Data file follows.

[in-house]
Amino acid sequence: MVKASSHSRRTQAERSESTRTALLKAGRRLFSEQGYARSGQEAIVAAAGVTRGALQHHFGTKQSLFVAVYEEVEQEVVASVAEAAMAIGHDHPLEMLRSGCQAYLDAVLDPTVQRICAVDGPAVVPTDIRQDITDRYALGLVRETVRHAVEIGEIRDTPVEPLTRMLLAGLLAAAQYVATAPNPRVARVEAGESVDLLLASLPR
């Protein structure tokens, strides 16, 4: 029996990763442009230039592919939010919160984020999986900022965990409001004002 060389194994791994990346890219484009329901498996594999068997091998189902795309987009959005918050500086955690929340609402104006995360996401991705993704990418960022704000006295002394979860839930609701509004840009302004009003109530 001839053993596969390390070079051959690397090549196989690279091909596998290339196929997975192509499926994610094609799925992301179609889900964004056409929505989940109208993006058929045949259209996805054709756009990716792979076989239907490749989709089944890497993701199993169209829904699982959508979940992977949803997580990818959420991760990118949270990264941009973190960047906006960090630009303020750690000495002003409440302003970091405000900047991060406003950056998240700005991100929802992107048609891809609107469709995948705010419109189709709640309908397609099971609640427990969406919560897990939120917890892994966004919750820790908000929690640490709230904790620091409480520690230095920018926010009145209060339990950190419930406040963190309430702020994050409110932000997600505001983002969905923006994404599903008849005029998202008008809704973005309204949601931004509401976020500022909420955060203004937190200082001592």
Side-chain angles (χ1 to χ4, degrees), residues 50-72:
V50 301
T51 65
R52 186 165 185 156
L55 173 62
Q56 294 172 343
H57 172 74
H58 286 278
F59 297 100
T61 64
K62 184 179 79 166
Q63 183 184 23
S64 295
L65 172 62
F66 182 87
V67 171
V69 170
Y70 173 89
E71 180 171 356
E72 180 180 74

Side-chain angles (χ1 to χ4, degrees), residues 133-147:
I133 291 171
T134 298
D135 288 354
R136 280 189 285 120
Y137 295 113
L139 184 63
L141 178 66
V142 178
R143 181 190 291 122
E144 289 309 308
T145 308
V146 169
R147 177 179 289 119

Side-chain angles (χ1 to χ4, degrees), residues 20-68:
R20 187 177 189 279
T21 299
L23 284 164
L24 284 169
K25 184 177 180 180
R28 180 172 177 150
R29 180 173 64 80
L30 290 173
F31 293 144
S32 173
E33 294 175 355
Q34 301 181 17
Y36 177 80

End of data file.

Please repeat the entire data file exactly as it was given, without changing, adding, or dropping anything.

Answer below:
[in-house]
Amino acid sequence: MVKASSHSRRTQAERSESTRTALLKAGRRLFSEQGYARSGQEAIVAAAGVTRGALQHHFGTKQSLFVAVYEEVEQEVVASVAEAAMAIGHDHPLEMLRSGCQAYLDAVLDPTVQRICAVDGPAVVPTDIRQDITDRYALGLVRETVRHAVEIGEIRDTPVEPLTRMLLAGLLAAAQYVATAPNPRVARVEAGESVDLLLASLPR
């Protein structure tokens, strides 16, 4: 029996990763442009230039592919939010919160984020999986900022965990409001004002 060389194994791994990346890219484009329901498996594999068997091998189902795309987009959005918050500086955690929340609402104006995360996401991705993704990418960022704000006295002394979860839930609701509004840009302004009003109530 001839053993596969390390070079051959690397090549196989690279091909596998290339196929997975192509499926994610094609799925992301179609889900964004056409929505989940109208993006058929045949259209996805054709756009990716792979076989239907490749989709089944890497993701199993169209829904699982959508979940992977949803997580990818959420991760990118949270990264941009973190960047906006960090630009303020750690000495002003409440302003970091405000900047991060406003950056998240700005991100929802992107048609891809609107469709995948705010419109189709709640309908397609099971609640427990969406919560897990939120917890892994966004919750820790908000929690640490709230904790620091409480520690230095920018926010009145209060339990950190419930406040963190309430702020994050409110932000997600505001983002969905923006994404599903008849005029998202008008809704973005309204949601931004509401976020500022909420955060203004937190200082001592």
Side-chain angles (χ1 to χ4, degrees), residues 50-72:
V50 301
T51 65
R52 186 165 185 156
L55 173 62
Q56 294 172 343
H57 172 74
H58 286 278
F59 297 100
T61 64
K62 184 179 79 166
Q63 183 184 23
S64 295
L65 172 62
F66 182 87
V67 171
V69 170
Y70 173 89
E71 180 171 356
E72 180 180 74

Side-chain angles (χ1 to χ4, degrees), residues 133-147:
I133 291 171
T134 298
D135 288 354
R136 280 189 285 120
Y137 295 113
L139 184 63
L141 178 66
V142 178
R143 181 190 291 122
E144 289 309 308
T145 308
V146 169
R147 177 179 289 119

Side-chain angles (χ1 to χ4, degrees), residues 20-68:
R20 187 177 189 279
T21 299
L23 284 164
L24 284 169
K25 184 177 180 180
R28 180 172 177 150
R29 180 173 64 80
L30 290 173
F31 293 144
S32 173
E33 294 175 355
Q34 301 181 17
Y36 177 80